The spate of school attacks in China — six in a seven-month period in 2010 — have raised concerns about copycats. News media in China, all of which are state-controlled, gave wide coverage to the Connecticut attack. But they ran the same brief Xinhua report about Friday’s knifings in Guangshan, and local officials refused to provide more information, signs that authorities want to restrict the news either to prevent encouraging others or to play down the crime to keep blame off the government.
If identifying possible perpetrators is difficult, providing better access to mental health services and restricting the availability of firearms are key to reducing the numbers of victims, experts said.
‘‘It’s interesting that you have two individuals entering schools but because of the means of their attacks — one with firearms, one with a knife — there’s an extreme disparity in the casualties,’’ said Christian Chan, a professor of psychology at Hong Kong University. ‘‘It’s the means that we can control, not necessarily the psychology of people. Throughout history there will always be people who might lose it.’’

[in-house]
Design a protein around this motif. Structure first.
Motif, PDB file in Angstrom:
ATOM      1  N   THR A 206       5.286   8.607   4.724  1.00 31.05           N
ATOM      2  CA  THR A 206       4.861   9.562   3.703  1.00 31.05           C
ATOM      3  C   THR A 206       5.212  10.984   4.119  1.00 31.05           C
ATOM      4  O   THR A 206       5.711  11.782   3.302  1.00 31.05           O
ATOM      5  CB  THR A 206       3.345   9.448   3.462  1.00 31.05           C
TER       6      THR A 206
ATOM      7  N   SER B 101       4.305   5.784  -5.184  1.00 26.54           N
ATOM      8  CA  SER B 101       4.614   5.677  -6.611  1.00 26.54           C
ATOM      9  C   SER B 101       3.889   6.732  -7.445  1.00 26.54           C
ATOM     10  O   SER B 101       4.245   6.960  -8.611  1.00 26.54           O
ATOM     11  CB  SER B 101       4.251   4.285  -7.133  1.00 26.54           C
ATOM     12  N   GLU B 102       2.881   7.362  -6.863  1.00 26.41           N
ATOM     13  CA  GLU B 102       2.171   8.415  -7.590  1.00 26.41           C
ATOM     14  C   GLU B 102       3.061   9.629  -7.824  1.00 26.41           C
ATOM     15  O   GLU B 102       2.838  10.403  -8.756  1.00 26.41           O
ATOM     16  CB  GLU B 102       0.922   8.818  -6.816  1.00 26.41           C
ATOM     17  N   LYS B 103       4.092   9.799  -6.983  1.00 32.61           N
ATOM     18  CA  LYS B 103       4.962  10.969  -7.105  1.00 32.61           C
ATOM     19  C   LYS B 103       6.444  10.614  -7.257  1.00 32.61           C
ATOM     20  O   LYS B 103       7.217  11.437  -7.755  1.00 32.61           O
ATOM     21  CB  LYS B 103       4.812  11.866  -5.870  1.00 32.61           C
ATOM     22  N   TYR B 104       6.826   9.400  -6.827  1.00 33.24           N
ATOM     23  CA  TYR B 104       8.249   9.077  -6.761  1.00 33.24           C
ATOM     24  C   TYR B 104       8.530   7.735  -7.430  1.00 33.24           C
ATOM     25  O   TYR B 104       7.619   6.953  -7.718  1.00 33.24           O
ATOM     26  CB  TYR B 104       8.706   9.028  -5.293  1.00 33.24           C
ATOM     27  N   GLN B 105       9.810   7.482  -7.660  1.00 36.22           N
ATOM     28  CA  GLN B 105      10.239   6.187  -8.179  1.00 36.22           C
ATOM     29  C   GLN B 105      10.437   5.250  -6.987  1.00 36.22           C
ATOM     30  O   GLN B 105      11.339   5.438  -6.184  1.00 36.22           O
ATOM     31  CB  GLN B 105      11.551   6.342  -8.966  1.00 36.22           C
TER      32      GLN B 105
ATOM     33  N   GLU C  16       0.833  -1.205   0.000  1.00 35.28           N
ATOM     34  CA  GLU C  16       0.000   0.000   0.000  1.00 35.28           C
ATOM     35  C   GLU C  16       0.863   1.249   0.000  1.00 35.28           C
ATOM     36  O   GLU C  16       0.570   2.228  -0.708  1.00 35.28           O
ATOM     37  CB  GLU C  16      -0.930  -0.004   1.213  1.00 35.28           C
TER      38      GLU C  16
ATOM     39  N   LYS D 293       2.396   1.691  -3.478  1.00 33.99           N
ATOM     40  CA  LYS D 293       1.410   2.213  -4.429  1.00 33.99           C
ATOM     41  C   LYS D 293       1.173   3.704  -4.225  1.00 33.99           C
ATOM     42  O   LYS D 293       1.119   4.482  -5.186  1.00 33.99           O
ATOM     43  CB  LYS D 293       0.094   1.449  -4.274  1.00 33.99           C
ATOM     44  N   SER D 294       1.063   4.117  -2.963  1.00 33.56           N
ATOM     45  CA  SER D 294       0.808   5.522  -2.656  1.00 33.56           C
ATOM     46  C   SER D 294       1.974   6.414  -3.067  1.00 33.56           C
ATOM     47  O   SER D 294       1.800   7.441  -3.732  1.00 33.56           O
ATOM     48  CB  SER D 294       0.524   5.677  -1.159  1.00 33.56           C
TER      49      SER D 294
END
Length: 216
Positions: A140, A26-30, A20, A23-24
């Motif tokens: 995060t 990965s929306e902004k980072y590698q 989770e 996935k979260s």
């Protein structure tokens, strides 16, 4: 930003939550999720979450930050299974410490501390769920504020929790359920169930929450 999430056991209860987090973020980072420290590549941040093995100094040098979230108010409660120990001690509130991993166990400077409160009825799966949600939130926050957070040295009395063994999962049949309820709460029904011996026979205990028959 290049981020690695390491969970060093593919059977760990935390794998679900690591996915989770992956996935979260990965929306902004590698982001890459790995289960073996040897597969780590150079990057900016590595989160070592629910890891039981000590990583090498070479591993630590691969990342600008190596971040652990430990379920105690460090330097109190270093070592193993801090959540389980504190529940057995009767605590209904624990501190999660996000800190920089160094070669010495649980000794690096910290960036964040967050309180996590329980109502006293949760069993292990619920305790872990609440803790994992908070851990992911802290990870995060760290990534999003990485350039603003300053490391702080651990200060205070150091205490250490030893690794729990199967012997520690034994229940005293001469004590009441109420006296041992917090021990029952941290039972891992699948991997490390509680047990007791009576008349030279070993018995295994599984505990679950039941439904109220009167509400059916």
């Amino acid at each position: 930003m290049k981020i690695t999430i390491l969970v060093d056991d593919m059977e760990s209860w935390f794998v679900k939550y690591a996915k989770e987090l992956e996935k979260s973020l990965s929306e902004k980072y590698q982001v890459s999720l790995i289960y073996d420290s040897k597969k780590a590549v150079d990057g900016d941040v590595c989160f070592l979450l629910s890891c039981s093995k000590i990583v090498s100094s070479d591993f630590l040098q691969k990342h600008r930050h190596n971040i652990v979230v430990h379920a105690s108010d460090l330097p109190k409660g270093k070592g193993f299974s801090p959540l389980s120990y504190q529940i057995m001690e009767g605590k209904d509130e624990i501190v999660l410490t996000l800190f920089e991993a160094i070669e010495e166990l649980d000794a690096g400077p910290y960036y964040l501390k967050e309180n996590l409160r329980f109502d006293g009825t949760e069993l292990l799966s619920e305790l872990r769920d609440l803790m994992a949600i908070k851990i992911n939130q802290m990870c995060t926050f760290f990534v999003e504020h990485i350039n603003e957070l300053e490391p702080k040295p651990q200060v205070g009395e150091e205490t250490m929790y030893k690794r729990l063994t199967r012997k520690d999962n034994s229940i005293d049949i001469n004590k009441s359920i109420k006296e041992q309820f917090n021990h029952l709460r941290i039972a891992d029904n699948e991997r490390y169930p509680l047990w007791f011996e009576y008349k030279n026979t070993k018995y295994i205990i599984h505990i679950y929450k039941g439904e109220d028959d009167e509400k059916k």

Tight controls mean that gun crimes are rare in China and make knives and sometimes explosives the weapons used in mass attacks in China. Even so, violence is on the rise as people grow frustrated with a corrupt and often indifferent officialdom and seek other means to address grievances.
‘‘The social environment is a factor behind attacks in China,’’ said Ku Jianhui, a lawyer with the Beijing Xindong law firm. ‘‘A person who chooses extreme acts to voice his or her grievances usually believes that his or her cases were unable to be handled fairly through normal channels or legal procedures.’’
Associated Press reporter Kristen Gelineau in Sydney, Australia, and researcher Henry Hou in Beijing contributed to this report.